I found this book about The Vikings to be a surprisingly enjoyable read; for the life of me I don’t know how historians can make such a lively subject so boring, but it seems to happen frequently. An unabashed descendant himself, Magnus Magnusson puts the antics of his Viking ancestors in everyday language that moves right along: “‘From the fury of the Northmen, deliver us, O Lord!’ That is probably the most hackneyed line in all the vast literature about the Vikings and their evil ways.” (He tells us that it is apocryphal.)
No, he does not whitewash the Viking violence, but he does make sure we understand the sociological implications of their expansion over Europe: “Their assaults on abbeys and monasteries destroyed not only buildings but also the organization of the extensive demenses of the church. The old-style loyalties to State and Church were breaking down. In their place, rural seigneuries grew up, in which free men offered their services to the lords in return for protection… The Vikings were the midwives of feudalism in France.” He admits this is an oversimplification, but asserts this is the best way to “make sense of the turmoil of the ninth century.” It’s an interesting approach, and throughout the book he does a good job expanding on his theory.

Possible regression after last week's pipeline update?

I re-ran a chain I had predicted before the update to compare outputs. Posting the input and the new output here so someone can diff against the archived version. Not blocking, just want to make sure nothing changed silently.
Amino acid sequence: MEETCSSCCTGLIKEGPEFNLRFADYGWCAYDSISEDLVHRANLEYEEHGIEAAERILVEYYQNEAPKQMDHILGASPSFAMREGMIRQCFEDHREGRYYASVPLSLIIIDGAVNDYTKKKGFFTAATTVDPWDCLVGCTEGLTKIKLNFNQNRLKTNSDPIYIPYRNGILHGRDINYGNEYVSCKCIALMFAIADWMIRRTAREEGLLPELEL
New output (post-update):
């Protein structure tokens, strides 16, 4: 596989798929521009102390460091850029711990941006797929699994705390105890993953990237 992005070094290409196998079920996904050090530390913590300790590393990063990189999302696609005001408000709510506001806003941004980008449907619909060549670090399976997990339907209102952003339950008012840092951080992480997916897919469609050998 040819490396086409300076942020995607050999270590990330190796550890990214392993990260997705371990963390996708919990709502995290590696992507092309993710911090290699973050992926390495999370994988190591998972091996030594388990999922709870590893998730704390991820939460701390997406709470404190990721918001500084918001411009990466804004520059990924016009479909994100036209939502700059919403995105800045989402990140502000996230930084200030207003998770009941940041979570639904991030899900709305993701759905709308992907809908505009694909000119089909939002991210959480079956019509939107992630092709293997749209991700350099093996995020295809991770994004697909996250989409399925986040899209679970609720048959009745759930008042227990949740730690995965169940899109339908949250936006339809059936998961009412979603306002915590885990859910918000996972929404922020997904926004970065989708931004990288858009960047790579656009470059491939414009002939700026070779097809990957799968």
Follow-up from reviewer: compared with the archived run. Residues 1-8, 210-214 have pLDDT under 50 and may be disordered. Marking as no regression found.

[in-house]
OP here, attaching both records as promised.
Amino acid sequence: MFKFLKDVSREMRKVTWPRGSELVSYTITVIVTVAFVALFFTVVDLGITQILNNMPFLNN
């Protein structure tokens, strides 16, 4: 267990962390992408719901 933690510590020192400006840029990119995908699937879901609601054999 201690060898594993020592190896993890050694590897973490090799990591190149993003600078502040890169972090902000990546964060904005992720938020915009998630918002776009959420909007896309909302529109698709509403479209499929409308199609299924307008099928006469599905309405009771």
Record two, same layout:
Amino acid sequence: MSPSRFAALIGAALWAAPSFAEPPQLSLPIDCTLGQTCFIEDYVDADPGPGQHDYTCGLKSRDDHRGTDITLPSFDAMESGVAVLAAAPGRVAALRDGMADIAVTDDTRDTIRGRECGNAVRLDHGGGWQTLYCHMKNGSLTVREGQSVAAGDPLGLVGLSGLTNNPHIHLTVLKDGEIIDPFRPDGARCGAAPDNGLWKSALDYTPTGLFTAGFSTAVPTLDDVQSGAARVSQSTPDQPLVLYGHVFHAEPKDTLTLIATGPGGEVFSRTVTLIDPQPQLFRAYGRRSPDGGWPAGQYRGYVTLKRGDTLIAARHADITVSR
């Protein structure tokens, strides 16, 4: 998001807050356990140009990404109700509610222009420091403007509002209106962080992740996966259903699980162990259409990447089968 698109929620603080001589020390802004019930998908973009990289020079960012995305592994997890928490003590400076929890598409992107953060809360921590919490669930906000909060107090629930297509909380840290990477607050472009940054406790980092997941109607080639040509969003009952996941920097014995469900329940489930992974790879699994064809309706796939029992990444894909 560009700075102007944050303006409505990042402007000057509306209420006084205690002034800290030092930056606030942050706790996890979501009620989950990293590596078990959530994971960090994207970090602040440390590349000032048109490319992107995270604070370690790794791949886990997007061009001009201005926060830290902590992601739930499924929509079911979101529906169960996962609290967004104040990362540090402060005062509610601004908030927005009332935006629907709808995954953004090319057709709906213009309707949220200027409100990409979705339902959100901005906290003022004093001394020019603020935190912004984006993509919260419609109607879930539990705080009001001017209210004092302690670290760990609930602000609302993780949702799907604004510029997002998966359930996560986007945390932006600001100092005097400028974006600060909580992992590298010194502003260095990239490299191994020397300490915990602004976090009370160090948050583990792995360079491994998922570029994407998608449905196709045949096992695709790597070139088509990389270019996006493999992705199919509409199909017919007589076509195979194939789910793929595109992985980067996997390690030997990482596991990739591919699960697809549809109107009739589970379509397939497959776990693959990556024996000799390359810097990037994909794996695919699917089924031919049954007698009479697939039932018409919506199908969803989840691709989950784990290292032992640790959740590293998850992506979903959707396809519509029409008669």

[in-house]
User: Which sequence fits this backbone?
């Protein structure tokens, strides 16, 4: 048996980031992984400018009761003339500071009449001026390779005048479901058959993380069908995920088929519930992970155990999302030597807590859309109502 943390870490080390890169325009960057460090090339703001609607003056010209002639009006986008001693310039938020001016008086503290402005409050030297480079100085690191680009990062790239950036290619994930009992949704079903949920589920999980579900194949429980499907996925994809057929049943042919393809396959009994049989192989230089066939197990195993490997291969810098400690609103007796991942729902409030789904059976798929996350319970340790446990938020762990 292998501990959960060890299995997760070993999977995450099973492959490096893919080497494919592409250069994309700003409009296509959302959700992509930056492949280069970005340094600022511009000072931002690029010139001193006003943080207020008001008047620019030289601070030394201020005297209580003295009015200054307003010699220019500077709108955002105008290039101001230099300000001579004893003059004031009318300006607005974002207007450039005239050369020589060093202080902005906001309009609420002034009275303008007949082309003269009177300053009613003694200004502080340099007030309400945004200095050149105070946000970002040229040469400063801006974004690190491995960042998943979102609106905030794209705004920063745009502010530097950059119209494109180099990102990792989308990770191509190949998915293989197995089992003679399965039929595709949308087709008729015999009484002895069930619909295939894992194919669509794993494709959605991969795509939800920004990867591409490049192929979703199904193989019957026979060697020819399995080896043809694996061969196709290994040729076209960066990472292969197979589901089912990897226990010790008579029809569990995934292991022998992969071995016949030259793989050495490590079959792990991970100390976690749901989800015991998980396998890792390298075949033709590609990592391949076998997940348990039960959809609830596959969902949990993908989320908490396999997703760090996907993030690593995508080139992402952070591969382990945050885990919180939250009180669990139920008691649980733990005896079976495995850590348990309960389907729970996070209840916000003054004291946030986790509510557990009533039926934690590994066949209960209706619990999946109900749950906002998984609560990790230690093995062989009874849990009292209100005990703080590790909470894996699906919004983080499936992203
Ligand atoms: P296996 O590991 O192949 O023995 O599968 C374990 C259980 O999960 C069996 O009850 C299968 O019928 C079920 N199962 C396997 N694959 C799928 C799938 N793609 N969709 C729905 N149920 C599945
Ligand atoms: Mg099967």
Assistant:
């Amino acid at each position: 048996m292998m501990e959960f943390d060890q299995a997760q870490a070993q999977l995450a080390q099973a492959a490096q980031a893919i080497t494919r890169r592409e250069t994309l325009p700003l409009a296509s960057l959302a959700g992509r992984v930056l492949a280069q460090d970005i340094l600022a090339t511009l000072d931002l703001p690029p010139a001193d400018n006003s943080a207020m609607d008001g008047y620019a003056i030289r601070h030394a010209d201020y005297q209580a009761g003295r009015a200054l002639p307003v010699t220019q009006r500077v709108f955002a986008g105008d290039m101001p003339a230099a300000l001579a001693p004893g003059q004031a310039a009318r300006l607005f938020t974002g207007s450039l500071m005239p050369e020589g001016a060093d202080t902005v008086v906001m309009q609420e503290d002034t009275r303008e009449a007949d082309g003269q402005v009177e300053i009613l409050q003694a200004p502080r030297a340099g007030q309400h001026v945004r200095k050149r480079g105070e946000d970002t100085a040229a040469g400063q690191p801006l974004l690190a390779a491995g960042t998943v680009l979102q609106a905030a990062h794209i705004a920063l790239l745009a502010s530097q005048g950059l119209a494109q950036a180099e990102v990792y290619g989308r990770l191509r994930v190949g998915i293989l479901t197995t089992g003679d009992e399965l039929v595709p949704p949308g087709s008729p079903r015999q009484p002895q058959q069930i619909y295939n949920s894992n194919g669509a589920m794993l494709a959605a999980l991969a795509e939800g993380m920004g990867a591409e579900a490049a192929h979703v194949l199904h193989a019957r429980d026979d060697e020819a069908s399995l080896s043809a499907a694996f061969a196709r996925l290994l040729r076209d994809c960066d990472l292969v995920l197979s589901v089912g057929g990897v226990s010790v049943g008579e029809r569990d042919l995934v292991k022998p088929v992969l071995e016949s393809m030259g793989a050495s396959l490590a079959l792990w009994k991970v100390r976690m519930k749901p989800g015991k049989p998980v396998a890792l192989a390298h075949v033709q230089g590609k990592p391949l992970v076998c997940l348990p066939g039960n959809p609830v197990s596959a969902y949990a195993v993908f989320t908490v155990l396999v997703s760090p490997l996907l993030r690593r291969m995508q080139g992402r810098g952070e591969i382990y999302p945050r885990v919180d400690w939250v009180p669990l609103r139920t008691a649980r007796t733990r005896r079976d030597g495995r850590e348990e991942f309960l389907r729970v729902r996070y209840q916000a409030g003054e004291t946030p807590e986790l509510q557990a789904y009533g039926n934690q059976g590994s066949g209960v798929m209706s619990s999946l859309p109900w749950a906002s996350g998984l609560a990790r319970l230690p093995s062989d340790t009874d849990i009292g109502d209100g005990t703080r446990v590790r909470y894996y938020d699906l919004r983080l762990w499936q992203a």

This edition was published in 2003, and I was gratified to see reference to my new favorite Viking: “These brothers (Halfdan, Ubbi and Ivar the Boneless) were said to be the sons of a certain Ragnar — perhaps the Ragnar who attacked Paris in 845.” We get a certain amount of discussion about Britain, and he doesn’t neglect Viking Dublin, Frankia, or Russia. Then we learn about the settlement of the Isle of Man, Iceland, the Faroes, Greenland, and even Vinland. I think he lost some steam during this latter section, but he brings us back to Harald Hardrada and we end the book with Stamfordbridge and his professed end of the Viking Age.
I came out of this reading with a healthy respect for the Viking talent to overcome obstacles, build successful settlements, create beautiful things, make money and survive. It’s a good overall introduction to a diverse set of people, and I would recommend it to readers who have reached any level of research on the subject.